- Check top 10 questions on leetcode Answer Question
Helpful (2)No OfferNegative ExperienceDifficult Interview
I applied online. The process took 2+ months – interviewed at Airbnb (San Francisco, CA) in April 2015.
I can only describe my interview process with Airbnb's recruiter as a constant struggle.
My HR Rep initially reached out to me to ask for an brief phone screen. She failed to call me. I emailed her about 30 minutes after her slip-up. She gives me the cold shoulder. She emailed me two weeks later with this statement: "Apologies - an unexpected, yet essential, meeting popped up". The sad thing is, if you read a few other interview reviews here on Glassdoor, this seems to be (almost word-for-word) a pathetic excuse for Airbnb to basically say to their prospective candidates, "YEAH, we didn't care to do our jobs or to be hospitable for two weeks, but it's all cool".
Anyway.... So she asks me for another chance to speak on the phone. Another week goes by and I speak with her on the phone. She says the next step would be for me to speak over the phone with the director of the department. Another week goes by and the director failed to call me. I immediately emailed my recruiter. She tells me that the director has called my phone and has left a voice message. Of course that wasn't true - I never had a phone call and never had any message. He likely misdialed. I insist I have not received any phone calls and that I need to speak to him about the position immediately. My recruiter yet again gives me the cold shoulder.
At this point, I am so annoyed with my recruiter's apathetic attitude and her lack of communication that I go out of my way to actually GUESS (correctly) the department director's Airbnb email address. I write the director that my recruiter basically is useless and that he can call me anytime at his convenience. Not more than 5 hours later the director calls me. He is thrilled to speak to me and is excited to meet me in person. The next step was to meet in person, but unfortunately, I had to go through my lame recruiter. So naturally, this process was drawn out for a week and a half before hearing from her.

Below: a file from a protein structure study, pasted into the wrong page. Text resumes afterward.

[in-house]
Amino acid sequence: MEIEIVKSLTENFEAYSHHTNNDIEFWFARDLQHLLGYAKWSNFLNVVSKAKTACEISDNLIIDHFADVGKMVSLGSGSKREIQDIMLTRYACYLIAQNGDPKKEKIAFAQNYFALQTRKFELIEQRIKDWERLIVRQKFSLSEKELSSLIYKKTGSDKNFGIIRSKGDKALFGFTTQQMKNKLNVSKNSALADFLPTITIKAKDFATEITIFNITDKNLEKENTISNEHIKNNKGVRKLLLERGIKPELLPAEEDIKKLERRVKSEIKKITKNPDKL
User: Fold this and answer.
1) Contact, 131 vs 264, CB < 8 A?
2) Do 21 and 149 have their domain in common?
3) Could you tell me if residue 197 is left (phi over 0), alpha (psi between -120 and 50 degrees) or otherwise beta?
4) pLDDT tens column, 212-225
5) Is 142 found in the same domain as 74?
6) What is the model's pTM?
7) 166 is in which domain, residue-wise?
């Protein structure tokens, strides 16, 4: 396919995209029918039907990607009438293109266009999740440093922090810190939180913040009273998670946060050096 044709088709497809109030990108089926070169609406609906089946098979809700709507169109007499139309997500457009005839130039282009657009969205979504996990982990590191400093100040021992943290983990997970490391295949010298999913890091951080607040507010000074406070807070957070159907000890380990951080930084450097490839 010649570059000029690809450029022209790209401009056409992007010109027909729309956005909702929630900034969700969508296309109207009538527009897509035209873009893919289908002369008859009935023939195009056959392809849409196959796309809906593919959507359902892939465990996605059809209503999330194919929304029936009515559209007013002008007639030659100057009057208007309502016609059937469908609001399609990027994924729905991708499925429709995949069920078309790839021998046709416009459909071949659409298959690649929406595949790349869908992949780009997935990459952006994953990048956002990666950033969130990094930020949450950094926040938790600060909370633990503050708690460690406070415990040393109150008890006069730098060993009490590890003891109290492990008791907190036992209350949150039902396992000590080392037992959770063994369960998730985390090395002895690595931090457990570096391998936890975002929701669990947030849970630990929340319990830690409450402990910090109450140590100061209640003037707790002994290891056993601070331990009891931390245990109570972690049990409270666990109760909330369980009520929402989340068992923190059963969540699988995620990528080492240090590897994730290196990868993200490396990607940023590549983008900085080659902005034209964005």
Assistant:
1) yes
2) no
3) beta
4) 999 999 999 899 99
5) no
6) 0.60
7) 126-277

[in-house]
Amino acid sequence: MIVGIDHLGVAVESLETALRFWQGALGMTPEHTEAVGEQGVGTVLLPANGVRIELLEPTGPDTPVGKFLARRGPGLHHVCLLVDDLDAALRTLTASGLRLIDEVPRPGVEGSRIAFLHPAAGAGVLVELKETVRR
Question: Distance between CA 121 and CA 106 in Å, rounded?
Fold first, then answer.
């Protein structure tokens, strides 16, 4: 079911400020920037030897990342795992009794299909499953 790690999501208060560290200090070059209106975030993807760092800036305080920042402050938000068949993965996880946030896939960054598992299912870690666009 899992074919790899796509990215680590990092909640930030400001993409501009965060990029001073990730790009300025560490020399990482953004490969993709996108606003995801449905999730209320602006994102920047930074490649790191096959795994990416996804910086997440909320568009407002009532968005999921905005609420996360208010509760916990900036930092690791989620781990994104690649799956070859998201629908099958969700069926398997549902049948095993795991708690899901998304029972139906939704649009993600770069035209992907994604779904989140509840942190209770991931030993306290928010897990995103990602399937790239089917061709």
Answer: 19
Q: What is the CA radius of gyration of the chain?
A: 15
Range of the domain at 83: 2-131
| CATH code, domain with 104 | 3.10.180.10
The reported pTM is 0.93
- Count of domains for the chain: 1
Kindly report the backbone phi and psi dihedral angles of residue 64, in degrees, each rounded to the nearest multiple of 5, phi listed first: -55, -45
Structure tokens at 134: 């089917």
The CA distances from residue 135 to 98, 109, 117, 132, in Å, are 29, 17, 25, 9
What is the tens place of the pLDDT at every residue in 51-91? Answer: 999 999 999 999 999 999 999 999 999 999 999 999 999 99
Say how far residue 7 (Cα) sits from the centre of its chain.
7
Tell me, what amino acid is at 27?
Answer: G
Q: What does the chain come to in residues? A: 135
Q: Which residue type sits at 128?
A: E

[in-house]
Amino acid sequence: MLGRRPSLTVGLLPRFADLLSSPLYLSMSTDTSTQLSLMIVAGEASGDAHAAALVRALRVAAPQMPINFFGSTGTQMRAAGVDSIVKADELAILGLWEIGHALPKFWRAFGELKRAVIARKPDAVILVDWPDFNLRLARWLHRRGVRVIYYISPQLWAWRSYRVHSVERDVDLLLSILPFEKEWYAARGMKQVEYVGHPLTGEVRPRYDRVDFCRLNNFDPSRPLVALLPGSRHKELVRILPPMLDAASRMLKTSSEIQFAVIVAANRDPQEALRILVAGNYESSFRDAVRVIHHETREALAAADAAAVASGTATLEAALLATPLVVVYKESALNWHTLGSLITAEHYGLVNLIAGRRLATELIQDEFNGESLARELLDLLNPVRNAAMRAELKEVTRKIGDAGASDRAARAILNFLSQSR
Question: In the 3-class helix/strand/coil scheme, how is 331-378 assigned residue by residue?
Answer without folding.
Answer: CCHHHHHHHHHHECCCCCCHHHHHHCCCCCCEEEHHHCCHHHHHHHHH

Another week goes by and I meet the director at Airbnb's HQ. The interview itself was actually very relaxed. It felt like we were chatting more than we were interviewing. So in that sense, Airbnb's interview (not the interviewing process, but specifically the interview) was quite enjoyable. The director is elated at my experience and at my personality and wants to push me through to the next step, which is to speak with six staff members to see if I fit into Airbnb's culture.
Another week goes by.